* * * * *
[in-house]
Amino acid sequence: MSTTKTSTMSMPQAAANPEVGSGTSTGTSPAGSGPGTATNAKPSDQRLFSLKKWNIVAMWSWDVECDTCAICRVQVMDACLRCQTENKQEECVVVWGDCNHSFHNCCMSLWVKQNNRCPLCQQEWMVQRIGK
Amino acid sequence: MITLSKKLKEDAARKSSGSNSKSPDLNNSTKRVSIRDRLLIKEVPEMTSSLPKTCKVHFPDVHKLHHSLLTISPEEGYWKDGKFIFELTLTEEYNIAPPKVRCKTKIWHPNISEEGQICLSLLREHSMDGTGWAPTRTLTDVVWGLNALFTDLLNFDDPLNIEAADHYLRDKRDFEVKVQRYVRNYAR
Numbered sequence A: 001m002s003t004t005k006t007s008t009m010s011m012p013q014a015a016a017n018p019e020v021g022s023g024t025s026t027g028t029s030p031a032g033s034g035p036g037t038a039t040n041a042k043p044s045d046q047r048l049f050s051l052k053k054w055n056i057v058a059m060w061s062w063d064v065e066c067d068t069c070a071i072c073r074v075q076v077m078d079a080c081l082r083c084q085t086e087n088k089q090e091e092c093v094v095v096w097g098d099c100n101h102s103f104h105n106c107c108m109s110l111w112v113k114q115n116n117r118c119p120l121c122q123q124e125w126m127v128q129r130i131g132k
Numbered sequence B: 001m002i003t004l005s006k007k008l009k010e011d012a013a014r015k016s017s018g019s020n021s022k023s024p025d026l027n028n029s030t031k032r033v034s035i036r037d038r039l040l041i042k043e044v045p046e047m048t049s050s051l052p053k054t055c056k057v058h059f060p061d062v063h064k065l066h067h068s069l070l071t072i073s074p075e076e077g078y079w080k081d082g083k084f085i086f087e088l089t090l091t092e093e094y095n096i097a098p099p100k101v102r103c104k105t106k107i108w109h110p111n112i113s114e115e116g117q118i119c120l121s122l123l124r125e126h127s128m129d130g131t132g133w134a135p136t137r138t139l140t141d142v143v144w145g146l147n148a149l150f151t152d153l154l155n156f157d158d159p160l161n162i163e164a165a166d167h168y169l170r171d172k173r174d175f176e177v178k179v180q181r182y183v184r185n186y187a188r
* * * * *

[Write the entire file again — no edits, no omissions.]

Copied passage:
[in-house]
Amino acid sequence: MSTTKTSTMSMPQAAANPEVGSGTSTGTSPAGSGPGTATNAKPSDQRLFSLKKWNIVAMWSWDVECDTCAICRVQVMDACLRCQTENKQEECVVVWGDCNHSFHNCCMSLWVKQNNRCPLCQQEWMVQRIGK
Amino acid sequence: MITLSKKLKEDAARKSSGSNSKSPDLNNSTKRVSIRDRLLIKEVPEMTSSLPKTCKVHFPDVHKLHHSLLTISPEEGYWKDGKFIFELTLTEEYNIAPPKVRCKTKIWHPNISEEGQICLSLLREHSMDGTGWAPTRTLTDVVWGLNALFTDLLNFDDPLNIEAADHYLRDKRDFEVKVQRYVRNYAR
Numbered sequence A: 001m002s003t004t005k006t007s008t009m010s011m012p013q014a015a016a017n018p019e020v021g022s023g024t025s026t027g028t029s030p031a032g033s034g035p036g037t038a039t040n041a042k043p044s045d046q047r048l049f050s051l052k053k054w055n056i057v058a059m060w061s062w063d064v065e066c067d068t069c070a071i072c073r074v075q076v077m078d079a080c081l082r083c084q085t086e087n088k089q090e091e092c093v094v095v096w097g098d099c100n101h102s103f104h105n106c107c108m109s110l111w112v113k114q115n116n117r118c119p120l121c122q123q124e125w126m127v128q129r130i131g132k
Numbered sequence B: 001m002i003t004l005s006k007k008l009k010e011d012a013a014r015k016s017s018g019s020n021s022k023s024p025d026l027n028n029s030t031k032r033v034s035i036r037d038r039l040l041i042k043e044v045p046e047m048t049s050s051l052p053k054t055c056k057v058h059f060p061d062v063h064k065l066h067h068s069l070l071t072i073s074p075e076e077g078y079w080k081d082g083k084f085i086f087e088l089t090l091t092e093e094y095n096i097a098p099p100k101v102r103c104k105t106k107i108w109h110p111n112i113s114e115e116g117q118i119c120l121s122l123l124r125e126h127s128m129d130g131t132g133w134a135p136t137r138t139l140t141d142v143v144w145g146l147n148a149l150f151t152d153l154l155n156f157d158d159p160l161n162i163e164a165a166d167h168y169l170r171d172k173r174d175f176e177v178k179v180q181r182y183v184r185n186y187a188r